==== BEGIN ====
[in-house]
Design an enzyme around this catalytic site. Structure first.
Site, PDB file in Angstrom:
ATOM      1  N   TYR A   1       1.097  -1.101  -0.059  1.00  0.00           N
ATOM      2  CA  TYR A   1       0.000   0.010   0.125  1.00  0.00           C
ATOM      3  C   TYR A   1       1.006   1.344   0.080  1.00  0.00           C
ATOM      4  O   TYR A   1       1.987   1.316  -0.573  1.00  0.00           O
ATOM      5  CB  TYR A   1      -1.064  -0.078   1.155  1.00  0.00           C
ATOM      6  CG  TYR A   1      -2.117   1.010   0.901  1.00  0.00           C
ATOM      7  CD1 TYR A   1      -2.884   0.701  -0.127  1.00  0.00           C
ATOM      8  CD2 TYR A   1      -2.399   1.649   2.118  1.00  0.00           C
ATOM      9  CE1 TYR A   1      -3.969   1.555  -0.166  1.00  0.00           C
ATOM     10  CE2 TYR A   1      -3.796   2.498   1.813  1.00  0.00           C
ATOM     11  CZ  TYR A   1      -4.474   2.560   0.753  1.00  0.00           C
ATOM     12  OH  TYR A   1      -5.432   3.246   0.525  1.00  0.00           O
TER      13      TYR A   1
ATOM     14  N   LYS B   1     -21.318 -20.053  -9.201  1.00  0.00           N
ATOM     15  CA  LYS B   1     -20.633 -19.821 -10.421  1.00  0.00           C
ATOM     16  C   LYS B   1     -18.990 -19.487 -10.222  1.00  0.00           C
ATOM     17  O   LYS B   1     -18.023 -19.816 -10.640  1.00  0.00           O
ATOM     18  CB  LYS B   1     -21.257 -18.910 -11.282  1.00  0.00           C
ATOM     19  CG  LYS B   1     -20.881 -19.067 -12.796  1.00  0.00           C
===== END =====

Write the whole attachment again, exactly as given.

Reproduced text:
[in-house]
Design an enzyme around this catalytic site. Structure first.
Site, PDB file in Angstrom:
ATOM      1  N   TYR A   1       1.097  -1.101  -0.059  1.00  0.00           N
ATOM      2  CA  TYR A   1       0.000   0.010   0.125  1.00  0.00           C
ATOM      3  C   TYR A   1       1.006   1.344   0.080  1.00  0.00           C
ATOM      4  O   TYR A   1       1.987   1.316  -0.573  1.00  0.00           O
ATOM      5  CB  TYR A   1      -1.064  -0.078   1.155  1.00  0.00           C
ATOM      6  CG  TYR A   1      -2.117   1.010   0.901  1.00  0.00           C
ATOM      7  CD1 TYR A   1      -2.884   0.701  -0.127  1.00  0.00           C
ATOM      8  CD2 TYR A   1      -2.399   1.649   2.118  1.00  0.00           C
ATOM      9  CE1 TYR A   1      -3.969   1.555  -0.166  1.00  0.00           C
ATOM     10  CE2 TYR A   1      -3.796   2.498   1.813  1.00  0.00           C
ATOM     11  CZ  TYR A   1      -4.474   2.560   0.753  1.00  0.00           C
ATOM     12  OH  TYR A   1      -5.432   3.246   0.525  1.00  0.00           O
TER      13      TYR A   1
ATOM     14  N   LYS B   1     -21.318 -20.053  -9.201  1.00  0.00           N
ATOM     15  CA  LYS B   1     -20.633 -19.821 -10.421  1.00  0.00           C
ATOM     16  C   LYS B   1     -18.990 -19.487 -10.222  1.00  0.00           C
ATOM     17  O   LYS B   1     -18.023 -19.816 -10.640  1.00  0.00           O
ATOM     18  CB  LYS B   1     -21.257 -18.910 -11.282  1.00  0.00           C
ATOM     19  CG  LYS B   1     -20.881 -19.067 -12.796  1.00  0.00           C